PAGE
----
Posts from November 2021

The History of Luminarias and How to Make Them

Monday, November 22, 2021 10:00 AM by Andrea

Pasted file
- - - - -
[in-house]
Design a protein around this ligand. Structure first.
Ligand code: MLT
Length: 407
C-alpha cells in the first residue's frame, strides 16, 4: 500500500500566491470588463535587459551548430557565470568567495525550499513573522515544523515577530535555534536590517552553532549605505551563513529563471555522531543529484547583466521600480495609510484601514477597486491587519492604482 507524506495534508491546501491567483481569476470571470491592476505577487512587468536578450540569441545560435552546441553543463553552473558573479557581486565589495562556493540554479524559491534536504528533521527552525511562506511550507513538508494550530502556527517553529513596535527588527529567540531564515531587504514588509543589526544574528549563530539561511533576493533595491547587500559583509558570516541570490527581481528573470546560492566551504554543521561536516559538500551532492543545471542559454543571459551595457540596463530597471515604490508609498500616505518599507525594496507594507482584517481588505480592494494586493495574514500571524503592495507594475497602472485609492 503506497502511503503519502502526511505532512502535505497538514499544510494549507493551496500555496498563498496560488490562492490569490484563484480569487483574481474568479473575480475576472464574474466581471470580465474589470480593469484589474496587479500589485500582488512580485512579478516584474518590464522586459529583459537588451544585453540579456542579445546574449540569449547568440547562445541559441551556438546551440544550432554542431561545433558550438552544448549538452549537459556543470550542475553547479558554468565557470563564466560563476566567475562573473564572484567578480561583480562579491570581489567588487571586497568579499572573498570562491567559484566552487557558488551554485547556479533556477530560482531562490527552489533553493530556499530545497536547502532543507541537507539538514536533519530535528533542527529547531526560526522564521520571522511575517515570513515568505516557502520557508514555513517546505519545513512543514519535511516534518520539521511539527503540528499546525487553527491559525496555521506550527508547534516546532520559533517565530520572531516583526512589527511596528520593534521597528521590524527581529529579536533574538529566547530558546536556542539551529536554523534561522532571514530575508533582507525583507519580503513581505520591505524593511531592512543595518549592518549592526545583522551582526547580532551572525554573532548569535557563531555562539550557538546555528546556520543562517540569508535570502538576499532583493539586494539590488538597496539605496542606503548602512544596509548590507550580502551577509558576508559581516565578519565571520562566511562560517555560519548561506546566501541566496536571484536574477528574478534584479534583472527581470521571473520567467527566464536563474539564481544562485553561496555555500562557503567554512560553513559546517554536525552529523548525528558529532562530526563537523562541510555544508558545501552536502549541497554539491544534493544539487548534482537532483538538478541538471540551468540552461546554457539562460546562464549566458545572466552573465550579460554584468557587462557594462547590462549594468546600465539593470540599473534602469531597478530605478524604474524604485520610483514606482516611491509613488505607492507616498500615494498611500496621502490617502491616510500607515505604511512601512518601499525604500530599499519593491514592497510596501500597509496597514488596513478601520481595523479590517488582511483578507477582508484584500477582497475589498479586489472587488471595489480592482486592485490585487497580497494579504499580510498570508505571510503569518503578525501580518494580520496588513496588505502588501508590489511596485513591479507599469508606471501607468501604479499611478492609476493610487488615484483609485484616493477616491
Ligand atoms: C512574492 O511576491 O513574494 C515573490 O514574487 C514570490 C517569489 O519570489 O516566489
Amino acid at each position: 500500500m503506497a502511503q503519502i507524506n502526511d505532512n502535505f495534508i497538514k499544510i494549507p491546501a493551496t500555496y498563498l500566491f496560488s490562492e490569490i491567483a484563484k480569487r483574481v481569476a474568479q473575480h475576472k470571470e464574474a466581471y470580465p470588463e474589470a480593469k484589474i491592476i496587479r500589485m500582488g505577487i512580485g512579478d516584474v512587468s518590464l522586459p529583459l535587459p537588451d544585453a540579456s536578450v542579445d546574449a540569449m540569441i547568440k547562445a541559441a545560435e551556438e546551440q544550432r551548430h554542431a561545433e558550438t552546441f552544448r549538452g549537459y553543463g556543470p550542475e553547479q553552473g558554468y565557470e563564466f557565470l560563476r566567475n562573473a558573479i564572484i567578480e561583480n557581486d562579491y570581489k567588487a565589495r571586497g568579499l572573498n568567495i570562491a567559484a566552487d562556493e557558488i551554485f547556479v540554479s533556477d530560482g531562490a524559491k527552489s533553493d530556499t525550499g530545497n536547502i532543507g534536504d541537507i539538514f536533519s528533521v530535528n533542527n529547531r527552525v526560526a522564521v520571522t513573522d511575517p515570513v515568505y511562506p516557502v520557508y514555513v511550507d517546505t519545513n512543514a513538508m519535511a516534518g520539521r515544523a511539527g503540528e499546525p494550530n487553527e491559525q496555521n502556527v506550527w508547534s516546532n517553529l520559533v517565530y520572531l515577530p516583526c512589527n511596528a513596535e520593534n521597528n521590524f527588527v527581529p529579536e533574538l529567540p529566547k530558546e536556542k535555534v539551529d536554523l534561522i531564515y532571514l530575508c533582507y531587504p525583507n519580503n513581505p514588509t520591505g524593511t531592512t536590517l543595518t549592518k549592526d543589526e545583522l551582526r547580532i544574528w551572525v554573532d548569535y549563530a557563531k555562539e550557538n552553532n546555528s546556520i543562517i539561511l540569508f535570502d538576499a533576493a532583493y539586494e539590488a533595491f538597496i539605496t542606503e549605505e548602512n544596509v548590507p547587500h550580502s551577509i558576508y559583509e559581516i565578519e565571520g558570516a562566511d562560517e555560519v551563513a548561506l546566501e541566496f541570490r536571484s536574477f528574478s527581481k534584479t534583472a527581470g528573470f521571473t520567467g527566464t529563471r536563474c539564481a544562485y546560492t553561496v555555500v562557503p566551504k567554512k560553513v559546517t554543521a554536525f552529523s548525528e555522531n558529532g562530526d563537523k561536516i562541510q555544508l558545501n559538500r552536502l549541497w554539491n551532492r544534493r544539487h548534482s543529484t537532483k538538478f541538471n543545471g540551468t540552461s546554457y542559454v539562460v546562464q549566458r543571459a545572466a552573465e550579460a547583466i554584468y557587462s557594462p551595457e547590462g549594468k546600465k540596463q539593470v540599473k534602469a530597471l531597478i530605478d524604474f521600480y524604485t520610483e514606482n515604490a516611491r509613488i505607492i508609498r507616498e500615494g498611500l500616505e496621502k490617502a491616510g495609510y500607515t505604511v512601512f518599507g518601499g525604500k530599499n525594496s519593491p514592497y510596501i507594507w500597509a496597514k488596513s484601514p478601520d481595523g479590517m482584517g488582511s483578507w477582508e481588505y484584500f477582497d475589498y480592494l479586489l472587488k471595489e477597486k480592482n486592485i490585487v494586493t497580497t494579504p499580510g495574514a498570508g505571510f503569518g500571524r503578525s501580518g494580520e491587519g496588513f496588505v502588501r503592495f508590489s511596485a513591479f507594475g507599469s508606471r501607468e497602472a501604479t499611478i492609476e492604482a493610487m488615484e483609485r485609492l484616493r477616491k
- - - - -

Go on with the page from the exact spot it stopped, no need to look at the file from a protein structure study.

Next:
The glowing brown sacks that adorn Albuquerque walkways, churches and homes each holiday season are called luminarias (sometimes called farolitos), or “little lanterns,” and date back more than 300 years. The New Mexican tradition began when Spanish villages along the Rio Grande displayed the unique and easy-to-make lanterns to welcome the Christ child into the world. Today, Albuquerque residents make luminarias out of brown paper bags that have been folded at the top and filled with a couple of cups of sand with a votive candle in the center. But luminarias or farolitos have not always been made out of paper bags. The early versions were actually small bonfires of crisscrossed piñon branches that were built in three-foot-high squares. As paper became more widely available, luminarias evolved into what they are today. Instead of making paper lanterns that would hang in a tree or from a roof, which would become damaged by the wind, small paper bags were placed on the ground, on rooftops and along pathways. Many churches, families and neighborhoods around Albuquerque decorate their homes and businesses with luminarias for the holidays. In Old Town, where they line the walkways by the hundreds throughout the plaza, their simple light transforms into an impressive and welcoming glow, leading to the historic San Felipe de Neri Church and its Christmas Eve mass. Spectators enjoy the annual tradition of a stroll through the magnificent holiday light display, or a driving tour through Historic Old Town and the nearby Albuquerque Country Club neighborhood.   How to Make a Luminaria…